Yesterday, I took the LFCE exam (Linux Foundation Certified Engineer). My LFCS (Linux Foundation Certified SysAdmin) is expiring, and rather than redoing an exam I did two years ago, I decided to study and take the LFCE exam. Although I still need to wait 3 business day for the actual results, I am fairly certain I failed.
With the perspective of growth mindset – I thought I’d share my experience with the exam. While studying, I found there wasn’t a lot of tribal knowledge I could find about this exam – and although my trial was a failure, I hope you’ll learn something from my experience. In sharing this, I mean to respect the NDA of the exam. If you believe I am sharing things I am not allowed to share, please let me know and I’ll adapt.
My background walking into the exam
Although my desktop is a Windows 10 machine, I do roughly 80% of my server work on Linux. I achieved the LFCS certification about 2 years ago to complete my MCSA Linux on Azure – and I complemented that with the CKA Kubernetes certification this June.
In terms of study material I did what I usually do: I make a list of all exam objectives and try to find relevant info online and make a personal list of commands to achieve the goals of that objective. For the LFCE, I complemted this approach with the TecMint guide for the LFCE and some video training on LinkedIn Learning.
All in all, I believe I spent a couple hours a week for 6 weeks studying for this exam. I didn’t carve out big blocks of time – I tried to cover 1 technology aspect per evening/down hour I spent studying.
About the exam itself
The exam itself takes 2 hours and is all console based. You take this exam from your own computer in your own space – I took it from a quiet meeting room at the office. On the exam, I got access to a master node and then some specific nodes for specific questions. All of this is perfectly configured, you can ssh to each node from the master node and you can reboot each node separately. The master node itself though isn’t supposed to be rebooted. Some nodes are used for multiple questions, so try not to kill your nodes (as I did in my first take of the LFCS exam).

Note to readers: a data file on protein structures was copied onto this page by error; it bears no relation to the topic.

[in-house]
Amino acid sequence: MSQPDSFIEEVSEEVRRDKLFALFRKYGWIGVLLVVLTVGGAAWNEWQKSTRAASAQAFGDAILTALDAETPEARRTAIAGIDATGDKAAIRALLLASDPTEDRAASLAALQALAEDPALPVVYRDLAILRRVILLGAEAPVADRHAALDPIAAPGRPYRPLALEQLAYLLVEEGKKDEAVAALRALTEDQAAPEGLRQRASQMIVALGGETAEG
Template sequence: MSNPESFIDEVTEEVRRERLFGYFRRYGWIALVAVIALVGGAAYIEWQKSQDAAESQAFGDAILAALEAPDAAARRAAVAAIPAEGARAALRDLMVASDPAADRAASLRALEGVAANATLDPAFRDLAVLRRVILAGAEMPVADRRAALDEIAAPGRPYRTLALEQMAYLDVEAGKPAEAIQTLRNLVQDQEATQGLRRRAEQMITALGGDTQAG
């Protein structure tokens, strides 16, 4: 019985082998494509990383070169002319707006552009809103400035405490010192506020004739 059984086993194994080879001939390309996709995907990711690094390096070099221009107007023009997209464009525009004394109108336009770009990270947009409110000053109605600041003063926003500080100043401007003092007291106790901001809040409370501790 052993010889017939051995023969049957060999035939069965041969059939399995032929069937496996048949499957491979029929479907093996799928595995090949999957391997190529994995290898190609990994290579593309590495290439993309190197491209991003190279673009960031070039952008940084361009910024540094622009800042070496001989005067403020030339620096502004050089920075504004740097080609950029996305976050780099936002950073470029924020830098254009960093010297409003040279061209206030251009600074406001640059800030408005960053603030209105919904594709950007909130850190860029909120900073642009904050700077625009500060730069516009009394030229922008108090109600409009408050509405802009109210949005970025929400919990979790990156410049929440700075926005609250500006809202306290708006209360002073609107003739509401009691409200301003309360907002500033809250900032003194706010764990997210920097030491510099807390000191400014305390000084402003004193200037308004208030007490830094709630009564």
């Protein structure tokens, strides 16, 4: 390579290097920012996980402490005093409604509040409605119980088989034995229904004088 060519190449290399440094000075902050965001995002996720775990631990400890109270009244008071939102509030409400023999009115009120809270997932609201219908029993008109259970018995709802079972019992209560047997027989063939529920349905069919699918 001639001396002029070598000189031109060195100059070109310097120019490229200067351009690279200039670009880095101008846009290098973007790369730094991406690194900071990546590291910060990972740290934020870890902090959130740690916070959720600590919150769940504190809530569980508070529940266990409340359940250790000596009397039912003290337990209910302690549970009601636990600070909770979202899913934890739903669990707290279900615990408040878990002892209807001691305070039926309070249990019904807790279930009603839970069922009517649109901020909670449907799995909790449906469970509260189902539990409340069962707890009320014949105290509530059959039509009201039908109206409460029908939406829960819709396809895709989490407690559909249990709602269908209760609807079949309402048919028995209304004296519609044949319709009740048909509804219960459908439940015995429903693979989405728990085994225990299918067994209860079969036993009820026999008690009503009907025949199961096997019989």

During the exam, you’re only allowed to have the exam tab open with no programs (such as a text editor even). I like using the notepad of the exam environment to take notes of the questions, draft my shell commands/config files which I then copy paste in and also to take note of questions I skipped and wish to revisit.
I got a total of 28 questions during the 2 hours of the exam; which meant I could roughly spend 4 minutes per question. Different questions have different weights – so you should figure out for yourself if some questions are worth spending the time on. I feel confident that I would have passed the exam if I would have had 4 hours – 28 questions in 4 hours doesn’t allow for enough time to browse MAN pages. I realized after my first 5 questions that this exam was a lost cause, I needed more training.
Some questions were relatively straightforward if you knew which config file to adapt – while others took a broader approach where you needed to install the relevant software and then figure out all the config file you need to write/adapt.
I did the exam with the Ubuntu distribution, which is my go-to distro. You have the choice between Ubuntu, Suse or Centos for taking the exam. I assume the actual questions don’t differ at all – as at some points during the exam it was pointed out that services had a particular name in a certain distribution.
How I plan to rectify
I am not planning to re-take this exam very soon. I have a deadline on December 8th to refresh my LFCS – and I believe I’ll be able to study for the LFCE in the remaining time. I will re-take my LFCS very soon – as I don’t want to lose my MCSA Linux on Azure.
I do plan to retake this exam early next year, as I did enjoy the challenge – both of studying as of the exam itself. In the meantime, I’ll spend more time studying particular systems. I spent very little to no time on certain objective likes containers (I know Docker and I know Kubernetes) and was surprised to find LXC questions.
Specific topics that I neglected in studying were PAM, LDAP, containers, software packages (you need more than apt-get install and apt-cache search apparently), iptables (I always used UFW), kernel updates…
The LFCE was definitely a hard exam. Time constraints meant you really need to have the relevant commands in the tips of your fingers – and you need to know where the configs files are stored to have enough time to finish all the questions. Although you have full access to man pages – if you need them too often, you’ll simply run out of time.
I will certainly retry the exam – but will first retake the LFCS to maintain my certification status.
If you plan on taking it, good luck!